Once one gets to the point of testing price, the best approach starts with creating price points based on their projected impact to a greater business metric/need, like total revenue, new customer acquisition, etc. No matter which metric you choose, an optimal price point will be one that has a predictably positive financial impact on the business, be it short term or long term.
In other words, you’re going to have to do some math before you start your test. The only situation you will want to test a price that doesn’t have some sort of positive effect on business metrics is when you are simply testing to determine if you need to find a cheaper way to produce and make available your product (sometimes the majority of end users just won’t pay beyond a certain threshold).
Once you determine the metric you are trying to impact and why, you can use an approximation model to calculate suggested prices to test. If traffic allows, you will want to test a range of prices, and not just cheaper. Sometimes end users expect a higher price to completely buy-in to the perceived value of the product, and sometimes that higher price point will be responsible for bringing in an optimal amount of revenue, despite a reduction in orders.
Finally – in your test set up, do not forget to set up the additional tracking and auditing so that what you see can be verified and audited. Often times in a test, we make unintentional discoveries as a result of the additional detail, or in this case, the purchase data collected.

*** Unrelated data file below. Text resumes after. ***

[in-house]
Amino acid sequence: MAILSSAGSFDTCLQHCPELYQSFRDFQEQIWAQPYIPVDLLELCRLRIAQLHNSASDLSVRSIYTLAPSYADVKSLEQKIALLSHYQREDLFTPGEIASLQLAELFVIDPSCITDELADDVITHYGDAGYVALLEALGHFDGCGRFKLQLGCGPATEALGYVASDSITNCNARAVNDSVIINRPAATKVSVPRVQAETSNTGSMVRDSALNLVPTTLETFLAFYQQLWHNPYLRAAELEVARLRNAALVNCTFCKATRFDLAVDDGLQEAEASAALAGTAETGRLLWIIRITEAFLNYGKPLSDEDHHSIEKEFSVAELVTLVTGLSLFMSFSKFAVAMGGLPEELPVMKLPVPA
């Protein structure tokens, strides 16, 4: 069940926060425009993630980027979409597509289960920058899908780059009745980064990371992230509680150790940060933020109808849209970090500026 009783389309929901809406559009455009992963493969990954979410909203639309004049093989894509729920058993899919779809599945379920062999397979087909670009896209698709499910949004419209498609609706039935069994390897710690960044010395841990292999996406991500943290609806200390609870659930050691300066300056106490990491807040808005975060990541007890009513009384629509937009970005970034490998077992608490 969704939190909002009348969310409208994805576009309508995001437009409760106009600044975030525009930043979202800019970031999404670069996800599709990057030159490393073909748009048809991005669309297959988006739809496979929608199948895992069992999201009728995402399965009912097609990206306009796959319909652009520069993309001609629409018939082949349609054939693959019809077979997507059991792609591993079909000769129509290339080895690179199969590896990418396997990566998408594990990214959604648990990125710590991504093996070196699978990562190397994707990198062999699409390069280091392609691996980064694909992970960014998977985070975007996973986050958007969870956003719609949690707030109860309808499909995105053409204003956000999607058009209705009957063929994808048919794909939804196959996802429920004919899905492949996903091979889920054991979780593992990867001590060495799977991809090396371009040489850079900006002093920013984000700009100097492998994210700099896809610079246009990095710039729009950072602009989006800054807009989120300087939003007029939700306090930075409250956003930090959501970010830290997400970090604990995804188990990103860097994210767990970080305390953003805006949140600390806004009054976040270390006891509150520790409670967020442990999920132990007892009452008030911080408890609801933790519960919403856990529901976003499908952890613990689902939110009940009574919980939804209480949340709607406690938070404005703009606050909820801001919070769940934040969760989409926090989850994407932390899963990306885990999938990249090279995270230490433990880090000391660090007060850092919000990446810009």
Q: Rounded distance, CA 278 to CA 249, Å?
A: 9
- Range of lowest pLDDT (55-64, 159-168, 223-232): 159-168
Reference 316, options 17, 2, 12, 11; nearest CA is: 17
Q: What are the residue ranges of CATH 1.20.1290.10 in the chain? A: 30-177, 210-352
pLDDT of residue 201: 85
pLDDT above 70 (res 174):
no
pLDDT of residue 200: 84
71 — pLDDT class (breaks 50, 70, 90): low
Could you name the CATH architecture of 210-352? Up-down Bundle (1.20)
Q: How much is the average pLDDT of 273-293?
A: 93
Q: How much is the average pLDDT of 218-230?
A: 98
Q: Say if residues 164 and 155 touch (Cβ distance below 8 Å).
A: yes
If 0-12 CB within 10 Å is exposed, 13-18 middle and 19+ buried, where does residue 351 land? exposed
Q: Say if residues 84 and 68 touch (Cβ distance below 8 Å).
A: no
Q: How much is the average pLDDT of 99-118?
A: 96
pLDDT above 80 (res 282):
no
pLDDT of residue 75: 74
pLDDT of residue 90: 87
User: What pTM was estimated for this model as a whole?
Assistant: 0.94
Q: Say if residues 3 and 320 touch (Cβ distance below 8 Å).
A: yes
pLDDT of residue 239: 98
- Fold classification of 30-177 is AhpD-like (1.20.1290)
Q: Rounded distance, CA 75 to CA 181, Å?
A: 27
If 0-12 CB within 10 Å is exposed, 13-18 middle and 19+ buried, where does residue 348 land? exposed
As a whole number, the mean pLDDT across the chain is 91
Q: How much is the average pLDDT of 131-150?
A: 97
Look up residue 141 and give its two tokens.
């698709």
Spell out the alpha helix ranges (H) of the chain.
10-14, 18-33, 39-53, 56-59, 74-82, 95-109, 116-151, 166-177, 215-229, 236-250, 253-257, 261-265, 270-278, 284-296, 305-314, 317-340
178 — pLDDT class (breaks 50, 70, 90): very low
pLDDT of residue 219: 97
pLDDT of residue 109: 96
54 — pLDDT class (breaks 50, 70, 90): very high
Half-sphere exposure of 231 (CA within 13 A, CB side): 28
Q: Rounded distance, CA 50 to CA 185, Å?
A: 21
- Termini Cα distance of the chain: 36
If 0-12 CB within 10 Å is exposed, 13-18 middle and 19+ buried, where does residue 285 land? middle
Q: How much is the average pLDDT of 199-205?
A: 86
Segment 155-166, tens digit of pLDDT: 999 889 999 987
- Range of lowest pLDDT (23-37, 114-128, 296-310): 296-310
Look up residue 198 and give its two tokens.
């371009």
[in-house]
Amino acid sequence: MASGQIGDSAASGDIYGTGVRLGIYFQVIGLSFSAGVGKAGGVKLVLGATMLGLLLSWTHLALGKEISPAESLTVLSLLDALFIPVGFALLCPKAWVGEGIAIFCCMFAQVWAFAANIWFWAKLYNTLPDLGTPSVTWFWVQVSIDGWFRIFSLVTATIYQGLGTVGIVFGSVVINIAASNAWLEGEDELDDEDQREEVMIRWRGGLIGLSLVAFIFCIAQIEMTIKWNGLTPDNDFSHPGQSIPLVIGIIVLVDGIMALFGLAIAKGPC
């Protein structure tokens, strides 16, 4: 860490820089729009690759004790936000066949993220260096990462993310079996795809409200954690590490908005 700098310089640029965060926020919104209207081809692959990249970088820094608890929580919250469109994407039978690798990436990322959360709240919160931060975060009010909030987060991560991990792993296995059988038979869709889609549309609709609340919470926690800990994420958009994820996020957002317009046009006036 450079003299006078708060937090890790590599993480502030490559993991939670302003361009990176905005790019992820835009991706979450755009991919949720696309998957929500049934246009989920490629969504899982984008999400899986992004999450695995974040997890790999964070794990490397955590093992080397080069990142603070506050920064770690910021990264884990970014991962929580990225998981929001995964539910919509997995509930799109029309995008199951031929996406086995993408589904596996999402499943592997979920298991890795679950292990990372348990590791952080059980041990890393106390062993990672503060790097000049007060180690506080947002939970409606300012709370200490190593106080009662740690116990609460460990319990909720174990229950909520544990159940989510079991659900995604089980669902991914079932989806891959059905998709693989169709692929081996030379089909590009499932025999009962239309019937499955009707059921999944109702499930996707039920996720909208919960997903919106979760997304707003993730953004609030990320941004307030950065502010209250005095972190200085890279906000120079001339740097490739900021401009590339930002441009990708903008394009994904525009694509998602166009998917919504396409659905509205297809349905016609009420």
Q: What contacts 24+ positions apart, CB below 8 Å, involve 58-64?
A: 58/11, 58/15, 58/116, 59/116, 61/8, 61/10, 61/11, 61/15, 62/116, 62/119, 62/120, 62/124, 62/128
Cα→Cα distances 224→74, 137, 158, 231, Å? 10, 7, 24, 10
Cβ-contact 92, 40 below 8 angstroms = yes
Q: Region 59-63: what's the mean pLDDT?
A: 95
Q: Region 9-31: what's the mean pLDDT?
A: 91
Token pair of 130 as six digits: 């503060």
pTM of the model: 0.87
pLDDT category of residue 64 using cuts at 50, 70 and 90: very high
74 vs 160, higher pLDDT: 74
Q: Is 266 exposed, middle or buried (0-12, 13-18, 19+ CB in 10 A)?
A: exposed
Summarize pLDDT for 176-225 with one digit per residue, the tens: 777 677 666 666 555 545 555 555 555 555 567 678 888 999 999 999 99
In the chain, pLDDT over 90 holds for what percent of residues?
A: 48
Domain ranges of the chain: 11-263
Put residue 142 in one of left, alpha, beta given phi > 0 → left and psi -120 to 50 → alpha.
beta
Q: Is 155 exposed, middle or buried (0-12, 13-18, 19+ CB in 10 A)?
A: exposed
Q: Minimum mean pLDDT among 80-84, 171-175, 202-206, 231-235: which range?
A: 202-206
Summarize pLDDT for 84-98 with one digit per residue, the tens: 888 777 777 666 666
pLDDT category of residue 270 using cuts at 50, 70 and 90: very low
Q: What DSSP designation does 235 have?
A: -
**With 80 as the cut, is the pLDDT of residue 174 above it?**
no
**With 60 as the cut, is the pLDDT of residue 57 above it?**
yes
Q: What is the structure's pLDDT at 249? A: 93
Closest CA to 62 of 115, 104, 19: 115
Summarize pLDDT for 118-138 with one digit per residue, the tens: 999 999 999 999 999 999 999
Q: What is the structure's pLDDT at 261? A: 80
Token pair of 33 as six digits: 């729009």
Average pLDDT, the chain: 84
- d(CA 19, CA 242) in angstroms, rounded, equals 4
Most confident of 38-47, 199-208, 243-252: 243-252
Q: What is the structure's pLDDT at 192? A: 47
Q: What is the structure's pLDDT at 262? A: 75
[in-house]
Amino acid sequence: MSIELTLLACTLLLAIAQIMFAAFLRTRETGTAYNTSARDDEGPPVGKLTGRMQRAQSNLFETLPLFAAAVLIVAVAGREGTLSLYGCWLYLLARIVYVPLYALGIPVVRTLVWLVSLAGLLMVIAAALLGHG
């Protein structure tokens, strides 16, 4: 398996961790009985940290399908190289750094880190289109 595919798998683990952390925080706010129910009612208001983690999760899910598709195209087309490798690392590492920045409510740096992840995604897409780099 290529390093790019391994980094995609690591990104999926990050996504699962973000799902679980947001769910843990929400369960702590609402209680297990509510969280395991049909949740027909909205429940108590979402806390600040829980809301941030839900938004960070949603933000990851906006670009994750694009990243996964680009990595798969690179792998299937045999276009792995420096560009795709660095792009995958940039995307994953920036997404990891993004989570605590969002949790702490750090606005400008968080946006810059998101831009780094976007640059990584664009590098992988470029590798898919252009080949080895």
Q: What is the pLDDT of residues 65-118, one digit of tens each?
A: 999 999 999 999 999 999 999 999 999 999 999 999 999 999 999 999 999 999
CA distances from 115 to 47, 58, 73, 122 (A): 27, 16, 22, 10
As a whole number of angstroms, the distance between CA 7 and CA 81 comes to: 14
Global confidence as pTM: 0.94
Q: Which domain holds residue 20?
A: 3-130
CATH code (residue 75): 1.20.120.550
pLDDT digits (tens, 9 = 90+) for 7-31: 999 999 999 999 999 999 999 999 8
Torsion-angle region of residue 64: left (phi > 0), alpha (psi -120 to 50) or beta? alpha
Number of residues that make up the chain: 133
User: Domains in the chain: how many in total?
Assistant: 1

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Do it, but stay in control
Chris Goward, Co-founder and CEO of WiderFunnel:
Price testing can be very revealing for e-commerce. The traditional economic model that says lower prices always increase demand doesn’t hold up in some cases.
Retailers are familiar with the effect the “95” cent ending price has. It can communicate a discount and create more demand than other five cent price movements. Recent research also shows price size, boldness, color, sound and cultural considerations can boost sales.
Can you really raise your prices *and* increase your sales? In some cases, yes!
To test price, you have to make sure your testing tool is keeping a valid control and maintaining consistency across visitor sessions. You don’t want people in different sessions to see the price change. (The new Google Analytics Experiments wouldn’t be a good tool to use, for example.)
For price testing you should also optimize for net contribution margin, rather than just conversions or revenue. Your goal needs to be to optimize total profit as lower sales with higher margin could be a bigger win than higher sales with lower margin.
Try testing price treatment as well as the price amount too. Do color, size, cross-out comparison and even numbers make a difference? You should test that!